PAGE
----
Spain. According to
countryaah, government formation after the elections held in
December 2015 dragged on, when what was, in practice, a
two-party system was dissolved in the election success of
the left-wing Podemos ("We Can") and the liberal Ciudadanos
("Citizens"). Conservative People's Party (PP) with Prime
Minister Mariano Rajoy remained as Minister of Expedition
while attempts were made to stitch together a coalition.
The Socialist Party PSOE soon emerged as the King after
the party leader Pedro Sánchez announced that the Socialists
would not even passively - through abstentions - support a
minority government on the right. But the PSOE had no chance
of forming government with the two party parties, as Podemos
demanded a referendum in Catalonia on leaving Spain while
Ciudadanos was originally formed to prevent just that.
Sánchez likewise made fruitless attempts to form a coalition
with one of the two and the support of small regional
Finally, in May, the new parliament dissolved and King
Felipe announced new elections. In the June elections, PP
remained the biggest and strengthened its position slightly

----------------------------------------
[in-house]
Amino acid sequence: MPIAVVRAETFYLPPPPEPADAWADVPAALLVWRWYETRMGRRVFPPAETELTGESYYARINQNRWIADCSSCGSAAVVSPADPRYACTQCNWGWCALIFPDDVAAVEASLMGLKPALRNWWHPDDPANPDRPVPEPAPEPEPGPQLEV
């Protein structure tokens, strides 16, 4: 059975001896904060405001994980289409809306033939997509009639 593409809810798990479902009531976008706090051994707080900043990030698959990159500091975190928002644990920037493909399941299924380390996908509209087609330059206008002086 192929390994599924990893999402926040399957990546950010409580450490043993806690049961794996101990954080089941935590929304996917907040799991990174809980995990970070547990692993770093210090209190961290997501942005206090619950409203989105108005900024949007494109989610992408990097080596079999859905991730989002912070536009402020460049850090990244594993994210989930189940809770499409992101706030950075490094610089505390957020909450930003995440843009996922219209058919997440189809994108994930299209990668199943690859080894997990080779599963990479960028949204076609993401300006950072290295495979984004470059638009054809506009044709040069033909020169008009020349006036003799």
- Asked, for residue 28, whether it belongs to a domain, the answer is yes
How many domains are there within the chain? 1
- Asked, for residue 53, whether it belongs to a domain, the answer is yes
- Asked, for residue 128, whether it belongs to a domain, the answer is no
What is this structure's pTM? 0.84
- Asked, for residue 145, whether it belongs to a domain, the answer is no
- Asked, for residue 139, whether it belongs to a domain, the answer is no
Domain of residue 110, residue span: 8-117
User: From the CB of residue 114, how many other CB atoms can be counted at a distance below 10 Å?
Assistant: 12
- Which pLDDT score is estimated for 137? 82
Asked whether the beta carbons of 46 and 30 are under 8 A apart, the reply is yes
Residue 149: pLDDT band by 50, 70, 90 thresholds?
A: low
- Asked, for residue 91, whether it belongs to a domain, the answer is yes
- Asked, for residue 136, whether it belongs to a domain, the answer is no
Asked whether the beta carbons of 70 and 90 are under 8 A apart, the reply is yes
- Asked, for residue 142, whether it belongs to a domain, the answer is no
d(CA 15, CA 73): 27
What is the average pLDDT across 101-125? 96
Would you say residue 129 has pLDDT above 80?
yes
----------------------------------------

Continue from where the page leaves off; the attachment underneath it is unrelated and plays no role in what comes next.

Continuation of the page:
while the PSOE backed for the third consecutive election.
However, the elections did not bring about any major changes
and did not resolve the government issue.
Gradually, Sánchez's line against the PP faced increasing
criticism within his own party, with many fearing that the
result would be yet another election and that the party
would then lose even more seats. In the end, the
contradictions in the PSOE became so great that the party
leadership deposed Sánchez and agreed to allow the PP to
form a minority government. Thus, over ten months of
political stalemate was over.
The economy continued with a cautious recovery. Growth
was one of the highest in the euro zone and unemployment
fell to below 20% for the first time in six years. At the
same time, government debt increased over 100% of gross
domestic product for the first time in over 100 years.